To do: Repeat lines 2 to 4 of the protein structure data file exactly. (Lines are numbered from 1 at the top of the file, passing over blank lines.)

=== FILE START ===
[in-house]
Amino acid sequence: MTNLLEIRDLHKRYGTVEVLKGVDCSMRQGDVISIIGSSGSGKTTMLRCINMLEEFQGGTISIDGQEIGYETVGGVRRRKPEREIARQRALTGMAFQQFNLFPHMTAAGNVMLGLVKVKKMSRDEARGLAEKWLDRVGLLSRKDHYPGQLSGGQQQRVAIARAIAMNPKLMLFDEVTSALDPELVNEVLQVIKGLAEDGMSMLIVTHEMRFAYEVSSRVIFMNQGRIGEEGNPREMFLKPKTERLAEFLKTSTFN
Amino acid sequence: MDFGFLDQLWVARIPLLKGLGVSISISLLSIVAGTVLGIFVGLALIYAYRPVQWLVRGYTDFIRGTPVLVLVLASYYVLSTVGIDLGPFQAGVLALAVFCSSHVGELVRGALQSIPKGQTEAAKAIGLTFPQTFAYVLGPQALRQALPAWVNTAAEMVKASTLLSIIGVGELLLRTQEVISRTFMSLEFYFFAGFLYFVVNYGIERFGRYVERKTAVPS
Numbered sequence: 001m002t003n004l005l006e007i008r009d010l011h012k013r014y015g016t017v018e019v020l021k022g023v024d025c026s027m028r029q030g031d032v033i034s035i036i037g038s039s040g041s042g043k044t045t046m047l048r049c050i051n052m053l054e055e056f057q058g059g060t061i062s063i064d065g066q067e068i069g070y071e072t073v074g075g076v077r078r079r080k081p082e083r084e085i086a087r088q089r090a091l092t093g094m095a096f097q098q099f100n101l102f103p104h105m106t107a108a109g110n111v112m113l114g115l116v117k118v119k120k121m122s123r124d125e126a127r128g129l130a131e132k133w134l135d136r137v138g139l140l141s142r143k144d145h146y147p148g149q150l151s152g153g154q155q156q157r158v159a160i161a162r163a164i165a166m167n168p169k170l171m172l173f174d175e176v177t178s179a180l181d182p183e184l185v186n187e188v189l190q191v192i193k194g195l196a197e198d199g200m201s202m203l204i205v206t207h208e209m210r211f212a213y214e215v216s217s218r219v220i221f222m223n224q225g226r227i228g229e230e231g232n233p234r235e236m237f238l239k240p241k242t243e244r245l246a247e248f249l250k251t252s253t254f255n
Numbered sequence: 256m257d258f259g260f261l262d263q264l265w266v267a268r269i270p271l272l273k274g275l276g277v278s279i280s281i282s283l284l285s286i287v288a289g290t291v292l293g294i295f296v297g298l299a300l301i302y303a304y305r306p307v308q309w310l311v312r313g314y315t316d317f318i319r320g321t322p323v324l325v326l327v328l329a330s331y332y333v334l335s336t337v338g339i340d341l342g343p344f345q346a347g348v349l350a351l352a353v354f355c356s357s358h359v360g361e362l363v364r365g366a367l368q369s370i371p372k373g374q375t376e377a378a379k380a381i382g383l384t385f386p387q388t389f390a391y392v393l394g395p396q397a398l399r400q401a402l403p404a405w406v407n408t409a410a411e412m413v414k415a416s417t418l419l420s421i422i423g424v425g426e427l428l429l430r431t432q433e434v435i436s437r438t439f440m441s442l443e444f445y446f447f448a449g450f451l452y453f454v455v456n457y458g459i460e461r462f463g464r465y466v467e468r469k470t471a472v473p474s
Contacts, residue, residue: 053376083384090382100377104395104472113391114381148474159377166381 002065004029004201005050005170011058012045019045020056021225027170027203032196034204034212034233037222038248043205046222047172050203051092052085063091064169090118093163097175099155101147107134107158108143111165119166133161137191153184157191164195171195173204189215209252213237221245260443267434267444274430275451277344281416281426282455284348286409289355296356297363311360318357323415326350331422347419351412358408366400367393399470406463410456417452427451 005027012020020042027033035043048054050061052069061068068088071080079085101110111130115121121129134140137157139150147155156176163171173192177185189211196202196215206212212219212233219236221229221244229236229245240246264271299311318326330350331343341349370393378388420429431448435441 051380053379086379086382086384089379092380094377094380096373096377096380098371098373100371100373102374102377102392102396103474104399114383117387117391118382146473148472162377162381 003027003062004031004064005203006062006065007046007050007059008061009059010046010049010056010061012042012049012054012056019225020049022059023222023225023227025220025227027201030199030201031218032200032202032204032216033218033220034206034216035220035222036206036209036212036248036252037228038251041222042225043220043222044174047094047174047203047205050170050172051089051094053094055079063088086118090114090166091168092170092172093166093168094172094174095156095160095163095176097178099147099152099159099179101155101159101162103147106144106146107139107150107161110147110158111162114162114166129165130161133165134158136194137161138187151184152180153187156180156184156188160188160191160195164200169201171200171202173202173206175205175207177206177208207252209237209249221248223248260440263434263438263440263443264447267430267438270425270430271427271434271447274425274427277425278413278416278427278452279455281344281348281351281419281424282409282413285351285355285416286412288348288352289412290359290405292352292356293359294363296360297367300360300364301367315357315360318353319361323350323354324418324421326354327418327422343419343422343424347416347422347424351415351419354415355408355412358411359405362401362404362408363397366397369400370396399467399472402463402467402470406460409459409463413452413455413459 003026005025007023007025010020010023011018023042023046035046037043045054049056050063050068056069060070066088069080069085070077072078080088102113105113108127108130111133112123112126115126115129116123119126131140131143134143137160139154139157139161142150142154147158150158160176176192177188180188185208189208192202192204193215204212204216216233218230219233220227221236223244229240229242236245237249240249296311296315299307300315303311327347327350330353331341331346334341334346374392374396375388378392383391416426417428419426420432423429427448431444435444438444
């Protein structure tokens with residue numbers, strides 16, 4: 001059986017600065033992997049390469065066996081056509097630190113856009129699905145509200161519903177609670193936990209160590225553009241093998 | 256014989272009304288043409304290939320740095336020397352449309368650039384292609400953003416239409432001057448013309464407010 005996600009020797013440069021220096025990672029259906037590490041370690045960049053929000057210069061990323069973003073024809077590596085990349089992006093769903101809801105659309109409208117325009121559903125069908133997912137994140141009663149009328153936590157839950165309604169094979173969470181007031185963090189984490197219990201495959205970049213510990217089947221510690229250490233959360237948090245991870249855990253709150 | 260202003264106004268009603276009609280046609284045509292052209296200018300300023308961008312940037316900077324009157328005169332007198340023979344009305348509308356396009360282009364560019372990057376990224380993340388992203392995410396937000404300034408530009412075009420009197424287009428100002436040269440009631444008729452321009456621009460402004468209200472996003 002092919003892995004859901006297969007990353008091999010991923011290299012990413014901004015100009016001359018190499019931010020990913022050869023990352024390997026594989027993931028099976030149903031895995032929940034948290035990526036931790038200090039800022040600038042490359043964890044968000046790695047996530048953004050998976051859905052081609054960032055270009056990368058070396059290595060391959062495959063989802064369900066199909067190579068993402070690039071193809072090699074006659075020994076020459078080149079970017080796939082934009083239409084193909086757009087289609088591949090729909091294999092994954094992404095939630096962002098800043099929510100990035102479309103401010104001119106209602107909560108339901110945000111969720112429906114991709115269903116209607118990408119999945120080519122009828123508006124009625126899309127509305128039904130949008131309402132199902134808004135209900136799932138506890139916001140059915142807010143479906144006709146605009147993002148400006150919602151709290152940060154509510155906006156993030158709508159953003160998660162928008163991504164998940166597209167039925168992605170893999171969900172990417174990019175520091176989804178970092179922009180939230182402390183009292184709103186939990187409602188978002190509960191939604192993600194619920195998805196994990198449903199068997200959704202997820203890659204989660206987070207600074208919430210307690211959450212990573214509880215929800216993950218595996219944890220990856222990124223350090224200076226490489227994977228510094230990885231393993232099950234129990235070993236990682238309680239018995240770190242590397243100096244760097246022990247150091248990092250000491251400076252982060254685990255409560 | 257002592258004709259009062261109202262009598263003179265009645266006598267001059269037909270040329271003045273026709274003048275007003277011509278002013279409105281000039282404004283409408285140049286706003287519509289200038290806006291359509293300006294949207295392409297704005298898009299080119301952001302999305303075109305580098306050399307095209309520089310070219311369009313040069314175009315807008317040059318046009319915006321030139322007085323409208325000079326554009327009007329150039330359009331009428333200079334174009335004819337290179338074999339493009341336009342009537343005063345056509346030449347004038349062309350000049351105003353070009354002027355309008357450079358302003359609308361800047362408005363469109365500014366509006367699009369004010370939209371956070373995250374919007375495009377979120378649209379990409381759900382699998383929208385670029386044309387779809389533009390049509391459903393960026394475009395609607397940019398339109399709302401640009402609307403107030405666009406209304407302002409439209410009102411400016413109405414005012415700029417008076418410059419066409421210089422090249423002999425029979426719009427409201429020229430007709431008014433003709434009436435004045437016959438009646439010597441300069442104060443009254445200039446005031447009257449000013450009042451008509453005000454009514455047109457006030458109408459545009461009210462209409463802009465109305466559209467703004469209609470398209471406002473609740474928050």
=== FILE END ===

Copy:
Amino acid sequence: MTNLLEIRDLHKRYGTVEVLKGVDCSMRQGDVISIIGSSGSGKTTMLRCINMLEEFQGGTISIDGQEIGYETVGGVRRRKPEREIARQRALTGMAFQQFNLFPHMTAAGNVMLGLVKVKKMSRDEARGLAEKWLDRVGLLSRKDHYPGQLSGGQQQRVAIARAIAMNPKLMLFDEVTSALDPELVNEVLQVIKGLAEDGMSMLIVTHEMRFAYEVSSRVIFMNQGRIGEEGNPREMFLKPKTERLAEFLKTSTFN
Amino acid sequence: MDFGFLDQLWVARIPLLKGLGVSISISLLSIVAGTVLGIFVGLALIYAYRPVQWLVRGYTDFIRGTPVLVLVLASYYVLSTVGIDLGPFQAGVLALAVFCSSHVGELVRGALQSIPKGQTEAAKAIGLTFPQTFAYVLGPQALRQALPAWVNTAAEMVKASTLLSIIGVGELLLRTQEVISRTFMSLEFYFFAGFLYFVVNYGIERFGRYVERKTAVPS
Numbered sequence: 001m002t003n004l005l006e007i008r009d010l011h012k013r014y015g016t017v018e019v020l021k022g023v024d025c026s027m028r029q030g031d032v033i034s035i036i037g038s039s040g041s042g043k044t045t046m047l048r049c050i051n052m053l054e055e056f057q058g059g060t061i062s063i064d065g066q067e068i069g070y071e072t073v074g075g076v077r078r079r080k081p082e083r084e085i086a087r088q089r090a091l092t093g094m095a096f097q098q099f100n101l102f103p104h105m106t107a108a109g110n111v112m113l114g115l116v117k118v119k120k121m122s123r124d125e126a127r128g129l130a131e132k133w134l135d136r137v138g139l140l141s142r143k144d145h146y147p148g149q150l151s152g153g154q155q156q157r158v159a160i161a162r163a164i165a166m167n168p169k170l171m172l173f174d175e176v177t178s179a180l181d182p183e184l185v186n187e188v189l190q191v192i193k194g195l196a197e198d199g200m201s202m203l204i205v206t207h208e209m210r211f212a213y214e215v216s217s218r219v220i221f222m223n224q225g226r227i228g229e230e231g232n233p234r235e236m237f238l239k240p241k242t243e244r245l246a247e248f249l250k251t252s253t254f255n